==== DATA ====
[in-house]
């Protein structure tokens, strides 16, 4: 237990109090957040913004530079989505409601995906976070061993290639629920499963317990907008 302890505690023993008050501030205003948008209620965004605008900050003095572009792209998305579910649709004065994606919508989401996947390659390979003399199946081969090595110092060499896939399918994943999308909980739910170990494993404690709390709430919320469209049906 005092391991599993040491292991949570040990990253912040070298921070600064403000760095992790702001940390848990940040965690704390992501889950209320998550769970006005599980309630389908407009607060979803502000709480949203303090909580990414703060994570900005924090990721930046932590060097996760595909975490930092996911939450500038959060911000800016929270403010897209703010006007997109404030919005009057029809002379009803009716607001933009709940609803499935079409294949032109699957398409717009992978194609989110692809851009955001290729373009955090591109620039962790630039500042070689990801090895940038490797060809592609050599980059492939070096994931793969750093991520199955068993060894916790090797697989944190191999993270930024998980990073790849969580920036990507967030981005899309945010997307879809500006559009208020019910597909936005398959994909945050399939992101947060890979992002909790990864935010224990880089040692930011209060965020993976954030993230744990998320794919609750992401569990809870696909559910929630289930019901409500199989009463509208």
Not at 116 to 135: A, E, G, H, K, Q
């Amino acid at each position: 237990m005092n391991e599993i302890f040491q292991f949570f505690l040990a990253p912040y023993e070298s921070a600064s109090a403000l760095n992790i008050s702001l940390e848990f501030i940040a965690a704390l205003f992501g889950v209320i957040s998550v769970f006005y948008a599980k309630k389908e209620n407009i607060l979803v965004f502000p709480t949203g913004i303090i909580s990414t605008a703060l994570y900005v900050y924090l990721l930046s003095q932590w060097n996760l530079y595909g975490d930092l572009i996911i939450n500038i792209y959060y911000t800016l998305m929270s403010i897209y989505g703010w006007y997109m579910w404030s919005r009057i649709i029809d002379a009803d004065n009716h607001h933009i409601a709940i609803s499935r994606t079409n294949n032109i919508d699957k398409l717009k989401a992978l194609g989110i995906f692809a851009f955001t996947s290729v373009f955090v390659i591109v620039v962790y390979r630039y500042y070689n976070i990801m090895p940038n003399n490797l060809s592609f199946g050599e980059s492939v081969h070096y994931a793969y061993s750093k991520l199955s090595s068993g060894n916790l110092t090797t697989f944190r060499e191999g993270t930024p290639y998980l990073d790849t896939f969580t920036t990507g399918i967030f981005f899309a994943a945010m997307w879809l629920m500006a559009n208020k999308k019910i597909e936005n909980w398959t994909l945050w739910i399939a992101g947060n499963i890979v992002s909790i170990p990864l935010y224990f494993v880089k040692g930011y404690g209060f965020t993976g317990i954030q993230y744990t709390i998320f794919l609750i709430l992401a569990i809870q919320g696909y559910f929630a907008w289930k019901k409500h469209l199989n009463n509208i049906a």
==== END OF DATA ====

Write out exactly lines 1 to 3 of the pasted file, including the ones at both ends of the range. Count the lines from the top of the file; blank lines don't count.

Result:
[in-house]
């Protein structure tokens, strides 16, 4: 237990109090957040913004530079989505409601995906976070061993290639629920499963317990907008 302890505690023993008050501030205003948008209620965004605008900050003095572009792209998305579910649709004065994606919508989401996947390659390979003399199946081969090595110092060499896939399918994943999308909980739910170990494993404690709390709430919320469209049906 005092391991599993040491292991949570040990990253912040070298921070600064403000760095992790702001940390848990940040965690704390992501889950209320998550769970006005599980309630389908407009607060979803502000709480949203303090909580990414703060994570900005924090990721930046932590060097996760595909975490930092996911939450500038959060911000800016929270403010897209703010006007997109404030919005009057029809002379009803009716607001933009709940609803499935079409294949032109699957398409717009992978194609989110692809851009955001290729373009955090591109620039962790630039500042070689990801090895940038490797060809592609050599980059492939070096994931793969750093991520199955068993060894916790090797697989944190191999993270930024998980990073790849969580920036990507967030981005899309945010997307879809500006559009208020019910597909936005398959994909945050399939992101947060890979992002909790990864935010224990880089040692930011209060965020993976954030993230744990998320794919609750992401569990809870696909559910929630289930019901409500199989009463509208």
Not at 116 to 135: A, E, G, H, K, Q